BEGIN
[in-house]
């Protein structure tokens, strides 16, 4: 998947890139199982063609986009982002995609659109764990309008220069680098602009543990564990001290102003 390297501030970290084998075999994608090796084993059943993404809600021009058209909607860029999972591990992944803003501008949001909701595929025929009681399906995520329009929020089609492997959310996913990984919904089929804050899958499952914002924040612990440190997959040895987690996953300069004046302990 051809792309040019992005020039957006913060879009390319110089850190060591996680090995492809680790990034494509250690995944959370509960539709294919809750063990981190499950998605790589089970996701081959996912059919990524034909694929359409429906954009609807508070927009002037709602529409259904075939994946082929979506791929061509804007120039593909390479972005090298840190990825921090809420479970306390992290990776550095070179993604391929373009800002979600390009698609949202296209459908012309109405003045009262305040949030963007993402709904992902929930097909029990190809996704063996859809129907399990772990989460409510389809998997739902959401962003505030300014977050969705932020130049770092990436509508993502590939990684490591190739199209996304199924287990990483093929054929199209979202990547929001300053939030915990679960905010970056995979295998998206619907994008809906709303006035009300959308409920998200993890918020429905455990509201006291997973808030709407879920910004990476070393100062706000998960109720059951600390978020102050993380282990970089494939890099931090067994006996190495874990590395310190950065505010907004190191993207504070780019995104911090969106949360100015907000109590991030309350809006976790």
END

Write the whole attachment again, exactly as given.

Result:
[in-house]
């Protein structure tokens, strides 16, 4: 998947890139199982063609986009982002995609659109764990309008220069680098602009543990564990001290102003 390297501030970290084998075999994608090796084993059943993404809600021009058209909607860029999972591990992944803003501008949001909701595929025929009681399906995520329009929020089609492997959310996913990984919904089929804050899958499952914002924040612990440190997959040895987690996953300069004046302990 051809792309040019992005020039957006913060879009390319110089850190060591996680090995492809680790990034494509250690995944959370509960539709294919809750063990981190499950998605790589089970996701081959996912059919990524034909694929359409429906954009609807508070927009002037709602529409259904075939994946082929979506791929061509804007120039593909390479972005090298840190990825921090809420479970306390992290990776550095070179993604391929373009800002979600390009698609949202296209459908012309109405003045009262305040949030963007993402709904992902929930097909029990190809996704063996859809129907399990772990989460409510389809998997739902959401962003505030300014977050969705932020130049770092990436509508993502590939990684490591190739199209996304199924287990990483093929054929199209979202990547929001300053939030915990679960905010970056995979295998998206619907994008809906709303006035009300959308409920998200993890918020429905455990509201006291997973808030709407879920910004990476070393100062706000998960109720059951600390978020102050993380282990970089494939890099931090067994006996190495874990590395310190950065505010907004190191993207504070780019995104911090969106949360100015907000109590991030309350809006976790």